Ecology is the study of nature and the environment.
Everything is connected - plants and animals, sun and rain. In this unit, we
will be looking at the relationships between various components of the
Over the course of this unit, we will go outside a few
times. Students should be prepared for that and dress appropriately - although
this will be weather-permitting, of course. Students should understand that
poor behavior or failure to follow directions in the classroom may result in
them having to remain inside and miss the activity. Make-up activities will be
offered, when appropriate.
One of the major ideas in Ecology is that all
parts of the environment are connected. Every living thing must interact with
other living things to survive. Nonliving things (abiotic
factors) affect the living things (biotic
- Ecology - The study of the environment
and all of the things that interact in it.
- Abiotic Factors - The things
in an environment that are nonliving (never were living).
Factors - The things in an environment that are or were living.
- Environment - An organisms's surroundings, including
all the things and conditions in it.
- Habitat - The
place where an organism lives.
- Niche - The "role" an
organism plays in its habitat. (How it uses/is used by other things in the
- Organism -
A complete living thing.
- Population - All of one type of
living thing in an area.
- Community - All of the populations
in an area. (All of the living things, of all kinds, in an
- Ecosystem - All of the living and nonliving things
that interact in an area.
- Biosphere - All of the
livable space on the Earth.
- Mutualism (+/+) - A
relationship where both sides benefit.
- (i.e. - A bee and a flower. The bee
gets food, the flower gets pollinated.)
(+/o) - A relationship where one side benefits and the other is not
- (i.e. - A bird and a tree. The bird gets a home, the tree is not
- Parasitism (+/-) - A relationship where one side
benefits and the other is harmed.
- (i.e. - A mosquito and a human. The
mosquito gets a meal, the human gets an itchy bite - and possibly diseases!)
The Predator Effect
- Food Chain - A diagram that shows one set of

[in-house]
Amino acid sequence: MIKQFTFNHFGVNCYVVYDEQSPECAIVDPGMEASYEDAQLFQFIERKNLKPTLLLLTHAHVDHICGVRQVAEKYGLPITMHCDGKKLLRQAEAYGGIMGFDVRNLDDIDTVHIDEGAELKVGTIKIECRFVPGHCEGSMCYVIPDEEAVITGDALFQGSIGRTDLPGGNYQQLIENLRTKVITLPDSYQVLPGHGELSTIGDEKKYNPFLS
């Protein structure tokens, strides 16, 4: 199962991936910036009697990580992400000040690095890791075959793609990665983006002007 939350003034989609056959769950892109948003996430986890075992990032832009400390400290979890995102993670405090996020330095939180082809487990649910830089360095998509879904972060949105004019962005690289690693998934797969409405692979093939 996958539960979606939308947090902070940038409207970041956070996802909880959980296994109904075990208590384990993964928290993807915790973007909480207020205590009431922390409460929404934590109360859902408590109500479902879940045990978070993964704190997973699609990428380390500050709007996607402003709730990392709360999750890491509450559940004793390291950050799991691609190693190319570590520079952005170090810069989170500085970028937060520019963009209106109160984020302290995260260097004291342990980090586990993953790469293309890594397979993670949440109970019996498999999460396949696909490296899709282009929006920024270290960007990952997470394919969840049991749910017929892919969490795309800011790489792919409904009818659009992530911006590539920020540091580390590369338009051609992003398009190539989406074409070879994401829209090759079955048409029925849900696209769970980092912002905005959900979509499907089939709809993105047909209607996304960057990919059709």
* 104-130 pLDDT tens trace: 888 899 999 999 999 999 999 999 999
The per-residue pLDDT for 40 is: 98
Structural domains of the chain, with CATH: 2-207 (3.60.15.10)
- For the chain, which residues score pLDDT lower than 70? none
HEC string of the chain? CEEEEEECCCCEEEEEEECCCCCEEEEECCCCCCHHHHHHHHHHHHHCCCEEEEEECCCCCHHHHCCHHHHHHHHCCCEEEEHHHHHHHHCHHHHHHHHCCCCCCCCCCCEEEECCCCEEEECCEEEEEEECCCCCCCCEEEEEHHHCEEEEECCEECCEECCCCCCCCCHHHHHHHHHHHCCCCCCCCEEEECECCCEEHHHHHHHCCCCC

relationships in an ecosystem.
- Food Web - A diagram
that shows many sets of relationships in an
- Consumer - An organism that must take in food
from its environment.
- Producer - An organism that makes
its own food inside of its body.
- Herbivore - An animal
that eats plants.
- Carnivore - An animal that eats other
- Omnivore - An animal that eats both plants and
- Predator - An animal that kills and eats another
- Prey - An animal that is killed and eaten by a
- Decomposer - An organism that breaks down dead
material, turning it back into soil.
- Scavenger - An
organism that eats animals that were already dead.
Predators help to
stabilize prey populations, so they don't get out of
is the change in an environment over a period of time. For example, if
we stopped mowing the grass on the soccer field, what would happen? The grass
would get long, and other weeds would move in. In a year or two, we would start
getting tall grasses and weeds like goldenrod and milkweed. A few years later,
woody shrubs would start to show up. Young trees would grow. A few decades
later, the soccer field would be a forest.Carrying Capacity is the number of
living things that a given area can support.
Invasive Species are
species that are not native to a certain area; they were brought in from
someplace else. Invasive species can cause problems in an ecosystem because
they have no natural predators in their new habitat, so they quickly
overpopulate and crowd out the native species. Examples include rock bass,
asian longhorned beetle, purple loosetrife, and variable milfoil. The NH guide
to Upland Invasive Species can be found here.
is a region with a certain climate (the average weather over a long time) and a
certain set of organisms that live there.
An ecotone is
the place where two biomes blend together.
There are six major types of
biomes in the world, and many smaller, more specific types. The six major types
1. Tropical Rain Forest
- warm temperatures
& lots of rain (every day) all year long
- tall trees, with many
types of animals that live in them
- separate seasons (temp. changes over the course of a
- rain varies at different times of the year
(broadleaf) and coniferous (evergreen) trees
- hot during the day, cool/cold at night
very little rain
- organisms store water (i.e. - cactus)
- cold most of the year
- very little
- lichens are very common
- 2 types:
arctic tundra - in the far northern parts of the world
- alpine tundra - on mountains, above the
- tree line: no trees grow above this point on the
- more rain than deserts, less
- few trees, mostly grass grows here
- can be saltwater or freshwater
- the types
of organisms that you find depends on the
temperature, depth, salt,